Our Daily Bread, March 22, 1995
Few thinkers in recent times have exerted so pervasive an influence as Sigmund Freud. Although he claimed to be an atheist, he continually speculated about religious issues as if subconsciously haunted by the God whom he denied.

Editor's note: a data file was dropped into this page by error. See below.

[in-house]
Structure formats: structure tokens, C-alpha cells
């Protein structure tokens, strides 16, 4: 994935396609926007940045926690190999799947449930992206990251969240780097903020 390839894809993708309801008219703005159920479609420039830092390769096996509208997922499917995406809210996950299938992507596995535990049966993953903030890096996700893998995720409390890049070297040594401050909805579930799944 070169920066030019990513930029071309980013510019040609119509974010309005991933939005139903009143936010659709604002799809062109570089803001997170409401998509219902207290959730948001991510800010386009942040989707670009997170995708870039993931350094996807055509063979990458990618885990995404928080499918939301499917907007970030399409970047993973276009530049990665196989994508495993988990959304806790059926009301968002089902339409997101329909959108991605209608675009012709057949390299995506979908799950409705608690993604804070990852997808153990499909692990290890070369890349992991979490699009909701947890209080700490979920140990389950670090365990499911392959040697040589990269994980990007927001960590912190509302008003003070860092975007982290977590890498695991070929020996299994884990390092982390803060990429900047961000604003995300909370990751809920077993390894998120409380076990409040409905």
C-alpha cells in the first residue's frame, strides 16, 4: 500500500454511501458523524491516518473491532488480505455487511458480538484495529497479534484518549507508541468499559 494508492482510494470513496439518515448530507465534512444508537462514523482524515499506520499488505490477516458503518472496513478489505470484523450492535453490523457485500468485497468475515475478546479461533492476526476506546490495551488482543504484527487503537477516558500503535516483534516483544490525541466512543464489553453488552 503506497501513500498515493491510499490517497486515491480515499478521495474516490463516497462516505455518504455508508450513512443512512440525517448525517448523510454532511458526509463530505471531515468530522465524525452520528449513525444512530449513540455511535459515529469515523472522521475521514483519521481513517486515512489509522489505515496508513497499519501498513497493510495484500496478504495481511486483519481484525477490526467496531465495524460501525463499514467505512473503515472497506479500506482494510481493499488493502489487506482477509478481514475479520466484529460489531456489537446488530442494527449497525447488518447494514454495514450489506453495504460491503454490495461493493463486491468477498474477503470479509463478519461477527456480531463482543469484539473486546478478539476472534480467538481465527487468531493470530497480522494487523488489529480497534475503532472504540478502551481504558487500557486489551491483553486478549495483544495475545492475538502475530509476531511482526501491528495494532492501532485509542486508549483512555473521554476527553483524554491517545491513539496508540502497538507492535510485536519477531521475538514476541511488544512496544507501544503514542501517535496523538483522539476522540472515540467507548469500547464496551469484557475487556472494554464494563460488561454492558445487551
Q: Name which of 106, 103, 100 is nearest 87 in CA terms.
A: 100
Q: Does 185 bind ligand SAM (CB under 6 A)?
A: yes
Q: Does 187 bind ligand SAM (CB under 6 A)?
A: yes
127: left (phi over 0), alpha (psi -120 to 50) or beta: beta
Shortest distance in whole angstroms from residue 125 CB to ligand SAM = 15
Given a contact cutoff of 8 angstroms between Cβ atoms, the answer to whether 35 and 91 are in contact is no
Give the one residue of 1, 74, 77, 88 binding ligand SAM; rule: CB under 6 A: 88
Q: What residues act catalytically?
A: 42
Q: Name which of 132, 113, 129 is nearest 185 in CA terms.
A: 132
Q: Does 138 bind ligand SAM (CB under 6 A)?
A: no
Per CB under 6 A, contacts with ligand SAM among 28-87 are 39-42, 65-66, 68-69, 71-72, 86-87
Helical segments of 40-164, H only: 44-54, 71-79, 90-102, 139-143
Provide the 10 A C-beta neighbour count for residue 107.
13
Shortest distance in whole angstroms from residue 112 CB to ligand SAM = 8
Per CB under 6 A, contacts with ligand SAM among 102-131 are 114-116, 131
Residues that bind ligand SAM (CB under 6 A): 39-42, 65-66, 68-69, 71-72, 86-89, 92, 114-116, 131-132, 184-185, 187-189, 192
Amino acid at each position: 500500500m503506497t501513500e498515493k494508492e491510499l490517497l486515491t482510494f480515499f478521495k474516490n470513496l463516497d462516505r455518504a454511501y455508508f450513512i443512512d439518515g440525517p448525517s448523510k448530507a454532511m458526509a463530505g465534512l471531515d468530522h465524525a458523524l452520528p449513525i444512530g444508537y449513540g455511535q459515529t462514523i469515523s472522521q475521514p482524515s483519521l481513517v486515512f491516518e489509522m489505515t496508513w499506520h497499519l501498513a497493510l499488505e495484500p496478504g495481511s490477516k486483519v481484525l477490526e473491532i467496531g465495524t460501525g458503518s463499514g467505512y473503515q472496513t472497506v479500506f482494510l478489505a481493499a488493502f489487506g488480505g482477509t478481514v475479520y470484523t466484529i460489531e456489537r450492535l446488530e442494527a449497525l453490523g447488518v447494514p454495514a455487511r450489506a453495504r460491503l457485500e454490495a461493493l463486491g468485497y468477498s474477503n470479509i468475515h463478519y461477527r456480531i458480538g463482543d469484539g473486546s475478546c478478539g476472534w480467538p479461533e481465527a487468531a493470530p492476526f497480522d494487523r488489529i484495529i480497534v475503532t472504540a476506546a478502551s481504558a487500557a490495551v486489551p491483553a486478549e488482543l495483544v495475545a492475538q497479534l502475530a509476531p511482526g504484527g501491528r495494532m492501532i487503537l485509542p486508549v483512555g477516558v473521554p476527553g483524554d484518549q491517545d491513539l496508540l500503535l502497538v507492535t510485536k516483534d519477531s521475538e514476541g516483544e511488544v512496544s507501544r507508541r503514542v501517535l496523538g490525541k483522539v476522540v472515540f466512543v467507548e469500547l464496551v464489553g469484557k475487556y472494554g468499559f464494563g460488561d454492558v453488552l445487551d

When Freud turned 35, his father sent him a copy of the Hebrew Scriptures he had given to him when he was a boy. Sigmund had read and studied that book, at least for a while. Enclosed in that worn copy of the Scriptures was a note from the elder Freud reminding his son that "the Spirit of the Lord began to move you and spoke within you: &ls;Go read in My Book that I've written and there will burst open for you the wellsprings of understanding, knowledge, and wisdom.'" His father expressed the hope that Sigmund might, as a mature man, once again read and obey God's law. We have no evidence, however, that Freud took to heart his father's exhortation. How different his life and influence might have been if he had!